Jeff Bezos wouldn’t have to do much looking to find a small company with a much healthier business than the august Washington Post newspaper.
Eight companies in the Russell 3,000 index with market values under $250 million have also posted profit margins of more than 50 percent in the past 12 months, according to an analysis of Bloomberg data. Bezos, for example, could easily snap up Macatawa Bank for about $100 million. Last year, the Michigan lender churned out $35 million in income, a 56 percent margin.
For a little more money—right around the amount Bezos paid for the Post—he could make a bid for Solar Senior Capital, a New York-based investment firm that buys the senior secured loans of troubled companies. Sounds boring, but the young outfit made almost $14 million last year on just $20 million in revenue.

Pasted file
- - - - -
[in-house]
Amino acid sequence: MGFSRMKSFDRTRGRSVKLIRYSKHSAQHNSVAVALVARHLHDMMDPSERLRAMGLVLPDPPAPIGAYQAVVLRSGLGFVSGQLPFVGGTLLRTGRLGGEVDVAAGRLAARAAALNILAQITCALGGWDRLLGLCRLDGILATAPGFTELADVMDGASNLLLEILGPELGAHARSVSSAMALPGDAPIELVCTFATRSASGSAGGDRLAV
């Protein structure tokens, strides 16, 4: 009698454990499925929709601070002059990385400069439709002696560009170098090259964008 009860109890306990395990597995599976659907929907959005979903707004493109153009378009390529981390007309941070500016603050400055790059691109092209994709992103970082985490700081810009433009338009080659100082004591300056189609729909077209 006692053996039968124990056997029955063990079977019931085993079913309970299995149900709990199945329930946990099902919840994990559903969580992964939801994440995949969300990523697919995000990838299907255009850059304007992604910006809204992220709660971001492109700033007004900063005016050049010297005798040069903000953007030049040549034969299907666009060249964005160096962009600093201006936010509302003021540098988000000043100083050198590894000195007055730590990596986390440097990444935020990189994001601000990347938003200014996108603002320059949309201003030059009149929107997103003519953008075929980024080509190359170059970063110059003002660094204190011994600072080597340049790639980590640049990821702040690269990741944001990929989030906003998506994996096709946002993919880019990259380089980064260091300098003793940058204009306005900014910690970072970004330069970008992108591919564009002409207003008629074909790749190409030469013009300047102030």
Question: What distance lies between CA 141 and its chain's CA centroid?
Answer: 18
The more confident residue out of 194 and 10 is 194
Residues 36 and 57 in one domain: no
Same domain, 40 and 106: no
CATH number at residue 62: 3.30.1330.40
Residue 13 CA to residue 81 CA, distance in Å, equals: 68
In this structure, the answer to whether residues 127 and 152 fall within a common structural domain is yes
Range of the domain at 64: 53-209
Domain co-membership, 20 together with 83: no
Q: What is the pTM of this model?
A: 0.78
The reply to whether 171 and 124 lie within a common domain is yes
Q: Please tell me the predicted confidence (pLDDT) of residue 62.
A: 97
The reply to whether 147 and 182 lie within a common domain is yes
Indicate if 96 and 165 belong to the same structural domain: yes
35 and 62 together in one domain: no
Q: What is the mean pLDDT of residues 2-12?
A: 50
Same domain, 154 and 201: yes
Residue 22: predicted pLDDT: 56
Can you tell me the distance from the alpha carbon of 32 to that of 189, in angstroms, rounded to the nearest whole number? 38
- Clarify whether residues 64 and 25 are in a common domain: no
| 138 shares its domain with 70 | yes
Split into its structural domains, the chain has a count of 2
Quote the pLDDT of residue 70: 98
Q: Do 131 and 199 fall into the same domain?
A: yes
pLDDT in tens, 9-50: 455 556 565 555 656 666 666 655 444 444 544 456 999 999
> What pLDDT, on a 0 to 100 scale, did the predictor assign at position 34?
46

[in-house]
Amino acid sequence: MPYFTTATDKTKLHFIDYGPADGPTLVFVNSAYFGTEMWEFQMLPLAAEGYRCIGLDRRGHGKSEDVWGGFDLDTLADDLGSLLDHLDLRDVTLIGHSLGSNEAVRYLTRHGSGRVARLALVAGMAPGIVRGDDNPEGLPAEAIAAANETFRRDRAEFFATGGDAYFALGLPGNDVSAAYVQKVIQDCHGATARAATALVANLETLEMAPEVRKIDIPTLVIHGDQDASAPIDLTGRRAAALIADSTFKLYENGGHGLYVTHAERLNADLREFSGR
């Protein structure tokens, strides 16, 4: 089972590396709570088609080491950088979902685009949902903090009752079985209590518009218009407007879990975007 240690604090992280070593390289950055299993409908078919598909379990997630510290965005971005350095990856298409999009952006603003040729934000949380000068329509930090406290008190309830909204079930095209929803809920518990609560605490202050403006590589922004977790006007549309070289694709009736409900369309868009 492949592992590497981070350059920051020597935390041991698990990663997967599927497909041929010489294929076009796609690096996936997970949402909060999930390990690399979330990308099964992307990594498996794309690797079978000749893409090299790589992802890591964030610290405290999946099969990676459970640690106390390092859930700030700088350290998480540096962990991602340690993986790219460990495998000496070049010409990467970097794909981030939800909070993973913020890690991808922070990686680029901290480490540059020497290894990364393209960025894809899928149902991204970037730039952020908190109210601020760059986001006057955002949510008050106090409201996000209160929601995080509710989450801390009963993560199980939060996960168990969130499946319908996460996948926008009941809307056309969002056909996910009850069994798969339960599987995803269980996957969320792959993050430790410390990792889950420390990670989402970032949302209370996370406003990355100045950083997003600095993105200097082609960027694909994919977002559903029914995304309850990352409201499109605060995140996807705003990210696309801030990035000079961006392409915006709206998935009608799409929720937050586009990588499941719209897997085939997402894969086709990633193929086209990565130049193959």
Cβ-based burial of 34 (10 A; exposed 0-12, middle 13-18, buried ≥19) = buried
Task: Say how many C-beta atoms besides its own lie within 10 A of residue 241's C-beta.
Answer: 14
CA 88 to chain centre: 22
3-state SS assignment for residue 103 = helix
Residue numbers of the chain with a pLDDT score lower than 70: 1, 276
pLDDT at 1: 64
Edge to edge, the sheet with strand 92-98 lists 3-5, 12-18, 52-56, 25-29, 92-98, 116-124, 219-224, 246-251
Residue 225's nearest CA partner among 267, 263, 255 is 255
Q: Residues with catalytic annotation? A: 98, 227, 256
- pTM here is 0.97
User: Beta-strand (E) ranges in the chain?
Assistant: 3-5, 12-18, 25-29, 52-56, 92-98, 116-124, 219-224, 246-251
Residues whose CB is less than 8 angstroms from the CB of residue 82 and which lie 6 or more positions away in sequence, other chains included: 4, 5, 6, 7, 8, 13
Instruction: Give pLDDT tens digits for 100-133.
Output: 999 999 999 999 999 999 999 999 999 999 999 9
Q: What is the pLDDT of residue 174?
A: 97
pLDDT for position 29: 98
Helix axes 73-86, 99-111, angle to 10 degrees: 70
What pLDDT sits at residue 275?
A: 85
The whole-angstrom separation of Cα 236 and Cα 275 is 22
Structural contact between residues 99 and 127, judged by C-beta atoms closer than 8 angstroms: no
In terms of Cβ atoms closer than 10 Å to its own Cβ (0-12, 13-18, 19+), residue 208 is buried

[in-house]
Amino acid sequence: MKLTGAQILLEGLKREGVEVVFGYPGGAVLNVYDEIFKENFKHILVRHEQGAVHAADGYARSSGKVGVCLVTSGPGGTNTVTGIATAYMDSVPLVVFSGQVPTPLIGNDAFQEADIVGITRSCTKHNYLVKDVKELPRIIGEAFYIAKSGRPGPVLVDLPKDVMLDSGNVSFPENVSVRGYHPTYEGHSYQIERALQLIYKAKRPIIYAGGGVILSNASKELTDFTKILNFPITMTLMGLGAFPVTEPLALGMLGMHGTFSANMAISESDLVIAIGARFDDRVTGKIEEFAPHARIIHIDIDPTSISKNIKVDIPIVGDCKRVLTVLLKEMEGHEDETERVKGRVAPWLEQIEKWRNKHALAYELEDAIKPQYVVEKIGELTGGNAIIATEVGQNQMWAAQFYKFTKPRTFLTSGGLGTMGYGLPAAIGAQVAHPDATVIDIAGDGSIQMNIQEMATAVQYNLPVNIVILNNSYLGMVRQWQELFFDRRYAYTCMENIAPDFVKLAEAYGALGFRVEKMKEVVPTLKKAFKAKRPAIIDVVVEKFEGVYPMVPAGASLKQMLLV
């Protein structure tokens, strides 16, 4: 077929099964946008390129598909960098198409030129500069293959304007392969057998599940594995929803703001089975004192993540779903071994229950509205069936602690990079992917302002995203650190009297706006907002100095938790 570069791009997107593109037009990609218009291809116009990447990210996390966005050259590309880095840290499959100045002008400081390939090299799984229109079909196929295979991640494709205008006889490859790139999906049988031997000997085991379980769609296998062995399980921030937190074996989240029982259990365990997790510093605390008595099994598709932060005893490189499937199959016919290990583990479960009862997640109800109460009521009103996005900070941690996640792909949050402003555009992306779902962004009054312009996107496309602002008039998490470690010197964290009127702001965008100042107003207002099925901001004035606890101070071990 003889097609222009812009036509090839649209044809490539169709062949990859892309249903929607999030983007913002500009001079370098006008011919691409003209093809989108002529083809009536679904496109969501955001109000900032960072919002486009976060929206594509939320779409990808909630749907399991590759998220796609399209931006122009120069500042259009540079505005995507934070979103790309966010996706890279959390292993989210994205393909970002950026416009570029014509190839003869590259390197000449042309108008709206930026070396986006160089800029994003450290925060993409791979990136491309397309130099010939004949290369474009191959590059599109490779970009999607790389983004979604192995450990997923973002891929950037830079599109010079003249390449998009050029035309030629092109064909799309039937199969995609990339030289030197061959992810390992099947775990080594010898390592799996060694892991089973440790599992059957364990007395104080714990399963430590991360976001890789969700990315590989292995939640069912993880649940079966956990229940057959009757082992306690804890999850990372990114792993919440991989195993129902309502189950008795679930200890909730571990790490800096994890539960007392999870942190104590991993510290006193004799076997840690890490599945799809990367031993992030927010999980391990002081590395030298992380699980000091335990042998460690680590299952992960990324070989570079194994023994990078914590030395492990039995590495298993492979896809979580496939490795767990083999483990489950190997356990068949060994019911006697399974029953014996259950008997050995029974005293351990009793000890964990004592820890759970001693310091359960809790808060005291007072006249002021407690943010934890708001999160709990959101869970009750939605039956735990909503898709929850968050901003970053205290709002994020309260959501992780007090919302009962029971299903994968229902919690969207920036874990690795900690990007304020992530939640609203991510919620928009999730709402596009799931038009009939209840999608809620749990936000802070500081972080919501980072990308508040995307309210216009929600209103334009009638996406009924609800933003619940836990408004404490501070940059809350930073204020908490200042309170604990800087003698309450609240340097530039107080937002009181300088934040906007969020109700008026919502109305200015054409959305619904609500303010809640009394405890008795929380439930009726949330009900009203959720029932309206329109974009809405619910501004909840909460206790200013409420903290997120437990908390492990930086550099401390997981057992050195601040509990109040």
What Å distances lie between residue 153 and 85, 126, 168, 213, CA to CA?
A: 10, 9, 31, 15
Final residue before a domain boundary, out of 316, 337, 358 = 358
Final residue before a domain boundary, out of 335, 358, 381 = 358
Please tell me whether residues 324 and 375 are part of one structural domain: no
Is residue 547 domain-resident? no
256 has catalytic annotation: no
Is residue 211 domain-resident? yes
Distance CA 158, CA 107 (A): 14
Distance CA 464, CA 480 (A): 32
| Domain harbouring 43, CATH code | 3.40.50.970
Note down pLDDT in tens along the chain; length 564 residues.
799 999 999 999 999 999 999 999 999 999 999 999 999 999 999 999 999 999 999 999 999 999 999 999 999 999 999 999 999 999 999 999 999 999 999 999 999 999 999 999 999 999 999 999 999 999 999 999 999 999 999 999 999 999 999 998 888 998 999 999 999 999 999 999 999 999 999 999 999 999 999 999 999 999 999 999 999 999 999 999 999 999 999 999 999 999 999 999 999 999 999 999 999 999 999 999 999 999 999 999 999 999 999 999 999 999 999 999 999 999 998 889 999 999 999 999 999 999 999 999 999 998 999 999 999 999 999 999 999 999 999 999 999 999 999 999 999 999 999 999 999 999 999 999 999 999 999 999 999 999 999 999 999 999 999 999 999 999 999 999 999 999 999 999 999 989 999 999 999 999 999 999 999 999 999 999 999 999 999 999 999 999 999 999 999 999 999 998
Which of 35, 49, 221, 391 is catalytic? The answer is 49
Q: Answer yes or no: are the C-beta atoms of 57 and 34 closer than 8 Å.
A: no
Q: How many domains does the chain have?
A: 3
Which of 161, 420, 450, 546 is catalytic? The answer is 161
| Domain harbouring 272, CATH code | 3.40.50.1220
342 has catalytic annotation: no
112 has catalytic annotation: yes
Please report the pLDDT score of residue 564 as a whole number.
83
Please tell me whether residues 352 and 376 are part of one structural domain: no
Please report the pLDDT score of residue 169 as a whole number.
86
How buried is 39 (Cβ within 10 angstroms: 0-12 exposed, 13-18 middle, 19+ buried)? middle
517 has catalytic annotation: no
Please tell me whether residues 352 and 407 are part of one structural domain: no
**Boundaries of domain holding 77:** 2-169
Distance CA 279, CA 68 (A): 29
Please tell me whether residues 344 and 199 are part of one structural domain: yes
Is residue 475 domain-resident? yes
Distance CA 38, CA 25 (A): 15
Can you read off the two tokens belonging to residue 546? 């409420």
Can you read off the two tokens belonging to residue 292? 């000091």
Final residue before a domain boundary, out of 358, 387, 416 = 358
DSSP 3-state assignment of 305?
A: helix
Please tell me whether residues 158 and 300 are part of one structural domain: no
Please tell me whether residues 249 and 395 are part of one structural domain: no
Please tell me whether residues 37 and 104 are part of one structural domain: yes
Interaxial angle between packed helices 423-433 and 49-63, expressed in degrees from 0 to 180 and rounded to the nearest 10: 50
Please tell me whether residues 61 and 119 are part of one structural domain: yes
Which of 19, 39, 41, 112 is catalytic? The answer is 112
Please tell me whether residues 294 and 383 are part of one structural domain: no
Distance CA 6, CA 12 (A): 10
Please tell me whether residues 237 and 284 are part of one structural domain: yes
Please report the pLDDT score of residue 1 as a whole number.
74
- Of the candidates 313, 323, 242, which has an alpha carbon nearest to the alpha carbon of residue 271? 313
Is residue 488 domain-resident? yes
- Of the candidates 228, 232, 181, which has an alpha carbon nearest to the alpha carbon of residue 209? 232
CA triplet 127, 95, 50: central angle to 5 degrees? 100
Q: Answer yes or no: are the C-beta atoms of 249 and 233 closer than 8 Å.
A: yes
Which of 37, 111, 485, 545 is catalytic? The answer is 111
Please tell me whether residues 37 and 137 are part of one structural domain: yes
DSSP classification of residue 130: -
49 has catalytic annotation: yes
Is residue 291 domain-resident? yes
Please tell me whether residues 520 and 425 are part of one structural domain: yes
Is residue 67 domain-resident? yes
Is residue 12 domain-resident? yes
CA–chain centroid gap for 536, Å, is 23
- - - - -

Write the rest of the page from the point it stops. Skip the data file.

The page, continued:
Then there’s Equal Energy, which is minting money as it pumps natural gas and oil out of an overlooked corner of Oklahoma, with a profit margin hovering around 54 percent. Other targets boast even better margins for a would-be investor who wants to make money: MPG Office Trust (153 percent margin), Whitehorse Finance (83%), First Financial Northwest (62%), Gladstone Investment(58%), and Pennantpark Floating Rate Capital (55%).
In comparison, the Washington Post newspaper publishing unit posted a $54 million operating loss last year, on $582 million in revenue. The thing is, obscure finance and fracking aren’t fun, at least not compared with breaking news on national security issues and polishing a roomful of Pulitzers. And profit has never been important to Bezos, if his annual manifestos are any measure.
He wants to be the guy who bought the Washington Post. If he turns it around and squeezes some money out of it, he’ll cement his reputation as a genius. If not, he’s still the guy who bought the Post and graciously signs Bob Woodward’s paychecks. Bezos has, at a minimum, bought himself almost 500,000 daily subscribers. Maybe he can sell them some groceries.